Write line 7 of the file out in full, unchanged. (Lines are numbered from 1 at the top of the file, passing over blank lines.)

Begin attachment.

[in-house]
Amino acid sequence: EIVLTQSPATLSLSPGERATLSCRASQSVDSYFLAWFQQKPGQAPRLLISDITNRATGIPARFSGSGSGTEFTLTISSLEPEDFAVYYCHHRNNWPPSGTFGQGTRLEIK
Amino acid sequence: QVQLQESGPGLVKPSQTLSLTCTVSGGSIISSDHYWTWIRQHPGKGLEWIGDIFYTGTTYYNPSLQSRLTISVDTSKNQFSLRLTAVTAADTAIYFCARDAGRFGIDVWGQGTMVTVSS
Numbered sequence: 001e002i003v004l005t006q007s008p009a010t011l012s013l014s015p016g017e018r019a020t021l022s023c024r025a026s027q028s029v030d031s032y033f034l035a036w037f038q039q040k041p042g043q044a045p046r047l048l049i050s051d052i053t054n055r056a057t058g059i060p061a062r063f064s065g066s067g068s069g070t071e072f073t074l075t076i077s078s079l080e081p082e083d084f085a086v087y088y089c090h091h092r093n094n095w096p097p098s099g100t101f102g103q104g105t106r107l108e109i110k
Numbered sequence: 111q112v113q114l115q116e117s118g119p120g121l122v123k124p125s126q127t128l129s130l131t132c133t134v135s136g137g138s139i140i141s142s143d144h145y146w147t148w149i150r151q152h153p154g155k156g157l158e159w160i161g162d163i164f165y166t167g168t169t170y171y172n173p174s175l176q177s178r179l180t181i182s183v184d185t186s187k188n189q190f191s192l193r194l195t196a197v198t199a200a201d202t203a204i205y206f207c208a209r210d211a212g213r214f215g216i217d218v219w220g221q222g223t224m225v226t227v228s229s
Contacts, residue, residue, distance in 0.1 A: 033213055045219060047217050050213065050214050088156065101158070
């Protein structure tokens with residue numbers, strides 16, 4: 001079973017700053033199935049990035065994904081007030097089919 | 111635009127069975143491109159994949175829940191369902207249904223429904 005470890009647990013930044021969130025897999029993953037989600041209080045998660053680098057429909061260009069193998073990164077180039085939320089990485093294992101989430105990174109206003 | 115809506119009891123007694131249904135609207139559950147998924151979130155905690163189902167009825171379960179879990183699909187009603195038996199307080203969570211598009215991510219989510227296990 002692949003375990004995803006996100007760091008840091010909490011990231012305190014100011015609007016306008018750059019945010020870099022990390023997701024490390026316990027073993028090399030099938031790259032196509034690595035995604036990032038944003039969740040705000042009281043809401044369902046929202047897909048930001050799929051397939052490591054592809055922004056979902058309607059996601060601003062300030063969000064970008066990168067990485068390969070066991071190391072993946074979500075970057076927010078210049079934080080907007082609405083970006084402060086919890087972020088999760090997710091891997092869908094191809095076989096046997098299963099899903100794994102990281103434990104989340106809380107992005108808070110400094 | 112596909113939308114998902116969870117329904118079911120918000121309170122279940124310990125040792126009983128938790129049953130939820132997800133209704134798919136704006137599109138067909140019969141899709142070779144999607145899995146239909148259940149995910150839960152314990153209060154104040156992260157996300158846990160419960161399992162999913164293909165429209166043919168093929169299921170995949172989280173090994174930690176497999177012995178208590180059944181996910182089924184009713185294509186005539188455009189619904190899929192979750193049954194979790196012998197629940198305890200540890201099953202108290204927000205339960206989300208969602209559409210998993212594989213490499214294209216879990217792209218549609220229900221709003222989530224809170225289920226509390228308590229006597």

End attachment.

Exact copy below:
């Protein structure tokens with residue numbers, strides 16, 4: 001079973017700053033199935049990035065994904081007030097089919 | 111635009127069975143491109159994949175829940191369902207249904223429904 005470890009647990013930044021969130025897999029993953037989600041209080045998660053680098057429909061260009069193998073990164077180039085939320089990485093294992101989430105990174109206003 | 115809506119009891123007694131249904135609207139559950147998924151979130155905690163189902167009825171379960179879990183699909187009603195038996199307080203969570211598009215991510219989510227296990 002692949003375990004995803006996100007760091008840091010909490011990231012305190014100011015609007016306008018750059019945010020870099022990390023997701024490390026316990027073993028090399030099938031790259032196509034690595035995604036990032038944003039969740040705000042009281043809401044369902046929202047897909048930001050799929051397939052490591054592809055922004056979902058309607059996601060601003062300030063969000064970008066990168067990485068390969070066991071190391072993946074979500075970057076927010078210049079934080080907007082609405083970006084402060086919890087972020088999760090997710091891997092869908094191809095076989096046997098299963099899903100794994102990281103434990104989340106809380107992005108808070110400094 | 112596909113939308114998902116969870117329904118079911120918000121309170122279940124310990125040792126009983128938790129049953130939820132997800133209704134798919136704006137599109138067909140019969141899709142070779144999607145899995146239909148259940149995910150839960152314990153209060154104040156992260157996300158846990160419960161399992162999913164293909165429209166043919168093929169299921170995949172989280173090994174930690176497999177012995178208590180059944181996910182089924184009713185294509186005539188455009189619904190899929192979750193049954194979790196012998197629940198305890200540890201099953202108290204927000205339960206989300208969602209559409210998993212594989213490499214294209216879990217792209218549609220229900221709003222989530224809170225289920226509390228308590229006597």